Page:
Better Late than Never: SUSE 10.1 Goes Gold
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Novell's SUSE Linux 10.1, code-named the "Agama Lizard," is now available for download in its final form.
SUSE Linux developer Andreas Jaeger noted in a March posting to the openSUSE mailing list that the release schedule was revised to "strengthen the quality of SUSE Linux 10.1." At the time, Jaeger mentioned two areas to be strengthened: virtualization and package management features.
The Xen open source hypervisor is part of SUSE Linux 10.1. Xen is no stranger to SUSE Linux distribution; it's been part of the distribution for over a year since the SUSE Linux Professional 9.3 release.
Package management also got a boost in the new release with the inclusion of "libzypp," which is a package manager resolver library. Libzypp is actually the result of two integrated Novell products, the YAST (Yet Another Setup Tool) package manager and Ximian's libredcarpet.
Among the expected benefits of libzypp to users, according to a mailing list posting from Jaeger, is that it will provide "more information about why a package is installed or no solution is found."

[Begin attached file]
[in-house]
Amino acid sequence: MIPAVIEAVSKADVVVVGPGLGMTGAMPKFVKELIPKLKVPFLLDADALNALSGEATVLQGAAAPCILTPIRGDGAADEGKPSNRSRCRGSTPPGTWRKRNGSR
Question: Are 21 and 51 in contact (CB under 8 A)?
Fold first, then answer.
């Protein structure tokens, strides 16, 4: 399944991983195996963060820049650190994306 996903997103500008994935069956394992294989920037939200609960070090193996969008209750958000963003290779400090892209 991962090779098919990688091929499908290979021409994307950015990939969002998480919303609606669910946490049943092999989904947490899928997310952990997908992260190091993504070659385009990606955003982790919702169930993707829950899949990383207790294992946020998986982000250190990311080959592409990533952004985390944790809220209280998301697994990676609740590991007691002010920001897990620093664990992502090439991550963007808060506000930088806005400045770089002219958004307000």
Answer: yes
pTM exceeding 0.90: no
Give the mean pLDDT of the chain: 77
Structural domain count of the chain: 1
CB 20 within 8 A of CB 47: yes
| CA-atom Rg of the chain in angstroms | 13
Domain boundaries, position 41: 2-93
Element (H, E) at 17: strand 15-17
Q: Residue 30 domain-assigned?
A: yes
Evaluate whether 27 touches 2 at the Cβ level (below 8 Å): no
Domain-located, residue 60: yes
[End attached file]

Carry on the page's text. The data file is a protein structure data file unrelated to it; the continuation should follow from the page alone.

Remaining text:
3D graphics enhancements from Novell's Xgl effort are also included. Xgl and its associated "Compiz" compositing manager enables SUSE Linux 10.1 to take full advantage of 3D graphics acceleration hardware.
Security also gets a boost with the inclusion of Novell's AppArmor in the distribution. AppArmor is Novell's answer to Red Hat's SELinux. It provides a granular level of of application security.
The latest version of the 2.6.16 Linux Kernel that sits at the core of the distribution. Updated versions of the typical contingent of open source applications such as OpenOffice.org, FireFox, GNOME and KDE fill out the rest of the offering.
Novell's flagship distro, SUSE Linux Enterprise Server (SLES) 10 was announced back in March at Novell's Brainshare conference. It's expected to be available this summer.
The SUSE Linux 10 release in October of 2005 marked the first SUSE Linux release that was developed via the OpenSUSE community effort. OpenSUSE itself began in August of 2005 as a way to involve the broader open source community in the development of the SUSE Linux distribution.